Coronavirus' rush to digital doesn't preclude solutions for cash
In mid-March, SAQ, the Canadian wine and spirits retailer, asked clients to use payment cards only, which was an unprecedented restriction. We’ve seen similar moves on the part of U.S. companies – in late March, signs began appearing in and around Seattle in the windows of Dick’s Drive-In locations, stating, “In an abundance of caution, we ask that you please pay with credit or debit card if possible rather than cash.”
Cash was already coming under attack well before the current coronavirus crisis for a variety of reasons, including convenience, and less potential for corruption and tax evasion. While the overall use of cash in the U.S. is decreasing, research shows that lower-income adults are typically more reliant on cash than those in higher-income brackets. When the use of cash is discriminated against, lower-income consumers and the “unbanked” are unfairly excluded from full financial system participation.
Even in the face of a threat as substantial as coronavirus, cash is not apt to ever fully go away. It’s too deeply ingrained in behaviors and societies. Also, history has shown that people tend to hang onto and even hoard cash during times of perceived uncertainty. Believe it or not, this is happening during the coronavirus crisis – in spite of the disease’s nickname as the “dirty hands” virus, which doesn’t exactly inspire people to touch much of anything, let alone cash.
However, the current coronavirus is proving to be an unprecedented trigger point, one that will likely change the public’s relationship with cash forever. This crisis is likely to raise some interesting questions in the near future, including:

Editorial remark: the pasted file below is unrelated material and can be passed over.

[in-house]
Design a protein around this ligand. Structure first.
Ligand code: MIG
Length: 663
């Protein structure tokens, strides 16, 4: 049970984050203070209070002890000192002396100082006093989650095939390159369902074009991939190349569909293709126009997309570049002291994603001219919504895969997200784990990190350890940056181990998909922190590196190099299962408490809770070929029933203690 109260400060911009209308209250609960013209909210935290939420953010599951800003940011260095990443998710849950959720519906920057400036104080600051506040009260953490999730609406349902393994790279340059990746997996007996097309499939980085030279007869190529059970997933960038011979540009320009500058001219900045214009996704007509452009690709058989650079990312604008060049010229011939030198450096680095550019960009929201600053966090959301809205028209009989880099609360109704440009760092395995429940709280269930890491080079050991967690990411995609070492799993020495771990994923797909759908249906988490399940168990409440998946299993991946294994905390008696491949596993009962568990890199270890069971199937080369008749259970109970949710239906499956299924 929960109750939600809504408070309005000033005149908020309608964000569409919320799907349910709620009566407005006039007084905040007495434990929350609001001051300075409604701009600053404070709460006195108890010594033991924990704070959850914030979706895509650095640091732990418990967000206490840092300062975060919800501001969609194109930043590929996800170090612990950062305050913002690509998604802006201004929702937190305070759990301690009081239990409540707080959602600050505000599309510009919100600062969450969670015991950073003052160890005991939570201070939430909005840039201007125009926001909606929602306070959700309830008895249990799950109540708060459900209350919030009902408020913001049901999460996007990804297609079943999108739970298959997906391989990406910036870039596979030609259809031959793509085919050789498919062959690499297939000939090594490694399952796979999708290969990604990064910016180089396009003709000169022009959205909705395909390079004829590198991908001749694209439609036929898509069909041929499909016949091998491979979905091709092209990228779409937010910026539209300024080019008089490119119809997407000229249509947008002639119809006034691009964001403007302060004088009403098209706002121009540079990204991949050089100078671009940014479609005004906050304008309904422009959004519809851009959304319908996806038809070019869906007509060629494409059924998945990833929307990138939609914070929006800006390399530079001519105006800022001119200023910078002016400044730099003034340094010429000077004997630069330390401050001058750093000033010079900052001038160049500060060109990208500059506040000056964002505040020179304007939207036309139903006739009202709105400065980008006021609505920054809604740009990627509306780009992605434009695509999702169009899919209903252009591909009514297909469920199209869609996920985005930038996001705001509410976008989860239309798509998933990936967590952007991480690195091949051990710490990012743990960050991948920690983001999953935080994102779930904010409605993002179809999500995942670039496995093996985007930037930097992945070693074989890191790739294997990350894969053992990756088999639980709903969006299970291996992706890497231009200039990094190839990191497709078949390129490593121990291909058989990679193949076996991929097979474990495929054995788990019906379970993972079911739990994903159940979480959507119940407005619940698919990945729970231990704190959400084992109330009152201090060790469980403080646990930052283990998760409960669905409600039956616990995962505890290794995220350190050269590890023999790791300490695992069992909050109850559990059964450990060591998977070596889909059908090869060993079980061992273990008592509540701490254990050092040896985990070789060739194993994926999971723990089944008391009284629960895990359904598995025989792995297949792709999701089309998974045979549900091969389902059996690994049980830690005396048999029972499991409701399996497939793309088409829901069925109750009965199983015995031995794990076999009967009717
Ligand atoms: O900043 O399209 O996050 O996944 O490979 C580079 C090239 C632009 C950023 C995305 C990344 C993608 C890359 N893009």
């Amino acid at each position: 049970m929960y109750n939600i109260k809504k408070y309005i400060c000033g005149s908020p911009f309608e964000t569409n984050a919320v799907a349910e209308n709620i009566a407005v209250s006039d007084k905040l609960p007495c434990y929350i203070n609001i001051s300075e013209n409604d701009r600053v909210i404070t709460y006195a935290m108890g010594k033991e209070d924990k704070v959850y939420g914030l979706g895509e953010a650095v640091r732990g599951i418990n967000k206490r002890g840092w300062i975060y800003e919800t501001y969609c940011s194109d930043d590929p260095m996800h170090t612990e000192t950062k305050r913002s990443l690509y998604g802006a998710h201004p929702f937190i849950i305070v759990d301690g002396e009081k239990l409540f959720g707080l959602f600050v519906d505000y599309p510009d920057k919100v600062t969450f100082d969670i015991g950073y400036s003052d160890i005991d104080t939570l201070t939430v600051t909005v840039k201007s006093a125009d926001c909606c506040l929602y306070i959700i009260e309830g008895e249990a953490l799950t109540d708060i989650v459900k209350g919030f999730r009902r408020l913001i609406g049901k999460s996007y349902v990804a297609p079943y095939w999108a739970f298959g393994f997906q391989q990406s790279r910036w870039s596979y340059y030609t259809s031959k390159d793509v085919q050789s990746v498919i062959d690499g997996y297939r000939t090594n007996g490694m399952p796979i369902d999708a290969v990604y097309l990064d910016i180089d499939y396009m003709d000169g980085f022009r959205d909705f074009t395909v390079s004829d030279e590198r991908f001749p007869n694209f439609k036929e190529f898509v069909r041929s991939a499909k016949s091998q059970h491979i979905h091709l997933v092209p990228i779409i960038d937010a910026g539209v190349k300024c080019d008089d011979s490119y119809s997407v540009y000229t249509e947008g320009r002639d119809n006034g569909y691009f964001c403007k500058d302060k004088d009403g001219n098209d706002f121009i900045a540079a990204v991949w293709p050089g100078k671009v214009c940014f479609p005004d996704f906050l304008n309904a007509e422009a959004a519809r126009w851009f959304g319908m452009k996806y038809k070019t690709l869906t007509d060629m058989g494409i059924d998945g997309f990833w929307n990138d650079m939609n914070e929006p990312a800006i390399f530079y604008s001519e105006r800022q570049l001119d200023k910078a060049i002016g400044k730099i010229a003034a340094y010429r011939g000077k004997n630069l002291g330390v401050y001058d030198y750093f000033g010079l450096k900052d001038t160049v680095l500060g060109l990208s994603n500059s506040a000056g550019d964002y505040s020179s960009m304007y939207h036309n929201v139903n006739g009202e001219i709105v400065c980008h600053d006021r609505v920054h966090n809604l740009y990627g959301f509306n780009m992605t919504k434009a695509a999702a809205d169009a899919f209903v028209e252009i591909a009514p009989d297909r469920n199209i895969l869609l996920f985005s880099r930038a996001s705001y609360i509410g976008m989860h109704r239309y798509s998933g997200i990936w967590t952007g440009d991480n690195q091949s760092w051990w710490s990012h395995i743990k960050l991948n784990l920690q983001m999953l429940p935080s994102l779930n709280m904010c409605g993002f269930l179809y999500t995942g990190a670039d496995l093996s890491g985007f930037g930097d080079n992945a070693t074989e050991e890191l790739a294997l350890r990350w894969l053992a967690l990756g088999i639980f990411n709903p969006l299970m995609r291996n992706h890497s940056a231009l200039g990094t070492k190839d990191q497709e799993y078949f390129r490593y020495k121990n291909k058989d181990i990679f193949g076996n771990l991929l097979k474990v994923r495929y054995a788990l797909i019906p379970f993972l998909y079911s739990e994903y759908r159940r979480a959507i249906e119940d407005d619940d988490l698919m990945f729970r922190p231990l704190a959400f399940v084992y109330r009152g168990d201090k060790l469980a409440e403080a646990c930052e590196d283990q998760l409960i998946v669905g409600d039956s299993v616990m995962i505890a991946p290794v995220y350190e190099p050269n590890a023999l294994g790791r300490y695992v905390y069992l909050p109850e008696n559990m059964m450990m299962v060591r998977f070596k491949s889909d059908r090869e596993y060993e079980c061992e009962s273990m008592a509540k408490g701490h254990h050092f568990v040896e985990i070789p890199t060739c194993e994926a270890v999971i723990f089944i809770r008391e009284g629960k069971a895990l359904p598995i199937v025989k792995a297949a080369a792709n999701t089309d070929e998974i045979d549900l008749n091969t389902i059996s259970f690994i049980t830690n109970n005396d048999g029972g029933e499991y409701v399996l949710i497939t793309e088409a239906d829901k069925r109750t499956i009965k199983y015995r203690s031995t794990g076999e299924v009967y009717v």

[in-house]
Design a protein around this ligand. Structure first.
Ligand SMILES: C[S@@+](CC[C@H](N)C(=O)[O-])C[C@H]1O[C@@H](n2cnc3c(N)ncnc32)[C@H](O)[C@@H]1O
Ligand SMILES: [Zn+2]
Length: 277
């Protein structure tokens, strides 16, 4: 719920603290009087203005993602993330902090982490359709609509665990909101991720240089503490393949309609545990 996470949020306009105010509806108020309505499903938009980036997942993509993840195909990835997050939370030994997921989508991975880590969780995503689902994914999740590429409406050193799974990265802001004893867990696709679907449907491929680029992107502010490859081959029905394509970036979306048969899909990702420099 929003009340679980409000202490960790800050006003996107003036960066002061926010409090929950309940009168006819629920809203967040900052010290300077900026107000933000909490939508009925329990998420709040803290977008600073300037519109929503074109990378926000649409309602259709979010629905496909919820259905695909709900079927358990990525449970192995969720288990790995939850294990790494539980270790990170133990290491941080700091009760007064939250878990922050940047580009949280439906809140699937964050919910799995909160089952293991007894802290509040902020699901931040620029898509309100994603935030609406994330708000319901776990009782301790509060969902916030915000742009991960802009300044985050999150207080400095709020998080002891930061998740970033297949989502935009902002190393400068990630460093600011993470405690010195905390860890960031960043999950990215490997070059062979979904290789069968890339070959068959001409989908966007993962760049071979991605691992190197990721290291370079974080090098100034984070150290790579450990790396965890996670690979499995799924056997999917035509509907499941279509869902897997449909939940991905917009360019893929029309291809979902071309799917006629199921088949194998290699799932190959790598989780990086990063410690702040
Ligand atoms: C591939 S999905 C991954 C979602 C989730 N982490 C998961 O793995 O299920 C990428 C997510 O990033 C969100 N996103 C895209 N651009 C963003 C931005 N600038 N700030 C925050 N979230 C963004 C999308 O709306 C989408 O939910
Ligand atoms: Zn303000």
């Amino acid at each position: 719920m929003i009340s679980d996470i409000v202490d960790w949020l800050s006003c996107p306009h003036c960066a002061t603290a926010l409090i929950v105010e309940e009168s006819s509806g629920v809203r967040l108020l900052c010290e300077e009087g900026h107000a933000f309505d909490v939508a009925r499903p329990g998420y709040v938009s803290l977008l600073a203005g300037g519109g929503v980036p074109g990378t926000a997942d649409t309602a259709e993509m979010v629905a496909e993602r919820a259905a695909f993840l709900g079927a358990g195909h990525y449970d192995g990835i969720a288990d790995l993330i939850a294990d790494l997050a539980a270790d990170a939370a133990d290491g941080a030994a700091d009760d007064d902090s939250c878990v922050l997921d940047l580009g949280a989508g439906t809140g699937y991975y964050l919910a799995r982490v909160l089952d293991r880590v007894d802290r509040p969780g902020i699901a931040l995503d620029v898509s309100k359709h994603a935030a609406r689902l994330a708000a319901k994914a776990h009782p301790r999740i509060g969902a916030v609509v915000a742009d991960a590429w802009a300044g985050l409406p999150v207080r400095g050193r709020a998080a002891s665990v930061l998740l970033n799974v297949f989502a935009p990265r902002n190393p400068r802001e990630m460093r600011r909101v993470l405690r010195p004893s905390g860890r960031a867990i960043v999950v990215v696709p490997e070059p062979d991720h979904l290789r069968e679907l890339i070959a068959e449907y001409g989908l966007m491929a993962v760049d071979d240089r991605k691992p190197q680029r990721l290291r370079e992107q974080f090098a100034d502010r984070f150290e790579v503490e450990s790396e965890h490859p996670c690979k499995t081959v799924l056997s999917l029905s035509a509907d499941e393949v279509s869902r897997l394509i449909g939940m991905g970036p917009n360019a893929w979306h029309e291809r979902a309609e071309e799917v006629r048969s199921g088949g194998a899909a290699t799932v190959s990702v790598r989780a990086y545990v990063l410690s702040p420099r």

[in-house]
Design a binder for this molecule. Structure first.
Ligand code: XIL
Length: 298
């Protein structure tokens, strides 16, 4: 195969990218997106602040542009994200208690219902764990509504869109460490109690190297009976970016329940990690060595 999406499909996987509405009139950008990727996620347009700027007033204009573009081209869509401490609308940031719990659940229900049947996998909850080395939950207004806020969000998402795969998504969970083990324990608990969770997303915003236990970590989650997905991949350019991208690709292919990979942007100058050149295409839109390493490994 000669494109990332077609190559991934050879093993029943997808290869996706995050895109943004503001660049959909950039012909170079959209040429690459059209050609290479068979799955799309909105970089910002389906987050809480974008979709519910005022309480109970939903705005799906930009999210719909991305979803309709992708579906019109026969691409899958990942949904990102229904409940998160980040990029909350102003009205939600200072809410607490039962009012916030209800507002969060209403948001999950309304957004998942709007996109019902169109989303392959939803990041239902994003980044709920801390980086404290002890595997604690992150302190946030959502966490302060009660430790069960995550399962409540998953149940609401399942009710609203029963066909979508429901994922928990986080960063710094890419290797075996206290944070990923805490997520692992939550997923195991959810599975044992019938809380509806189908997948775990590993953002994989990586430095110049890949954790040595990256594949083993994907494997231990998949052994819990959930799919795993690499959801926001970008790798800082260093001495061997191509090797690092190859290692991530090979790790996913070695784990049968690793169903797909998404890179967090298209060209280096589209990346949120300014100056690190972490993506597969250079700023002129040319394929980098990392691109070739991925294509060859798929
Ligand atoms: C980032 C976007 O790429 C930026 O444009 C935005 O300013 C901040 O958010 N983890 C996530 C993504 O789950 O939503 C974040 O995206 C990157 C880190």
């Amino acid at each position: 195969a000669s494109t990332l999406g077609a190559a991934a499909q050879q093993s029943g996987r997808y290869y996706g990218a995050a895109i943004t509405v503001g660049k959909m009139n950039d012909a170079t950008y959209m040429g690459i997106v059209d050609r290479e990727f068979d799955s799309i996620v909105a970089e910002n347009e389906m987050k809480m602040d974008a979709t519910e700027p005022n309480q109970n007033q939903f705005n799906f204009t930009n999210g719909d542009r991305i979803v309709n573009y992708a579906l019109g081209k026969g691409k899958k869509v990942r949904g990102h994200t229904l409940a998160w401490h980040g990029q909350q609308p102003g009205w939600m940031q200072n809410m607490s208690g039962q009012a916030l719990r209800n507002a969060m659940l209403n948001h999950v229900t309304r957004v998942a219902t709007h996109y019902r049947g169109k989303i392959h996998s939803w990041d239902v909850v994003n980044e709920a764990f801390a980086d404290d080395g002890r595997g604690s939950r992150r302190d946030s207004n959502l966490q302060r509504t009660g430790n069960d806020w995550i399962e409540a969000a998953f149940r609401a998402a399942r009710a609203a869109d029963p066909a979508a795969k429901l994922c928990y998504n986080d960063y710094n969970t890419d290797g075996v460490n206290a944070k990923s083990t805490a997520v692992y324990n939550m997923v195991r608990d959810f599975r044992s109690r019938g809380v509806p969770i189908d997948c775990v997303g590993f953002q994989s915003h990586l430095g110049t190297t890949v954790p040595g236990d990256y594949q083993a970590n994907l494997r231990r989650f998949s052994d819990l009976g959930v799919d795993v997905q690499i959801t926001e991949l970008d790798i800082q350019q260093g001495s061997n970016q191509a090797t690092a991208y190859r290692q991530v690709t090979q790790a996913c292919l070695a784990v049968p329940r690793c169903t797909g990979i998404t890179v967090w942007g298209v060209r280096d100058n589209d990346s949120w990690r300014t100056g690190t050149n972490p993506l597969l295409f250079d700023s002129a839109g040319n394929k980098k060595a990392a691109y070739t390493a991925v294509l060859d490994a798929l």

Will people be more willing to forsake their dollar bills, their euro notes, their pesos, and switch to plastic? And if so, for how long?
Will governments consider production of banknotes and coins that are easily washable and disinfected by nonindustrial means? Studies have shown it’s at least theoretically possible for coronaviruses to survive on cash, which (in the U.S.) is made from 75% cotton and 25% linen – which is sufficiently coarse and fibrous for COVID-19 to live on.
Will merchants provide self-service payment kiosks for those clients that prefer to pay with cash?
Will U.S. banknotes repatriated from heavily infected areas be “quarantined” before being allowed back into U.S. circulation? The Fed has already been doing this with notes coming back from Asia.
No doubt, fear of coronavirus-tainted dollars is now palpable in many of the most infected areas of the U.S. Some may view this as a new front in the war on cash, but it’s important to remember that crises like this often elicit the opposite response as well – making people hold onto cash. Moving into the future, coronavirus is expected to have a profound impact on the way we live, work and socialize—and it will most certainly induce changes in our relationship with cash as well. To what extent, and what forms these changes will take, remains to be seen.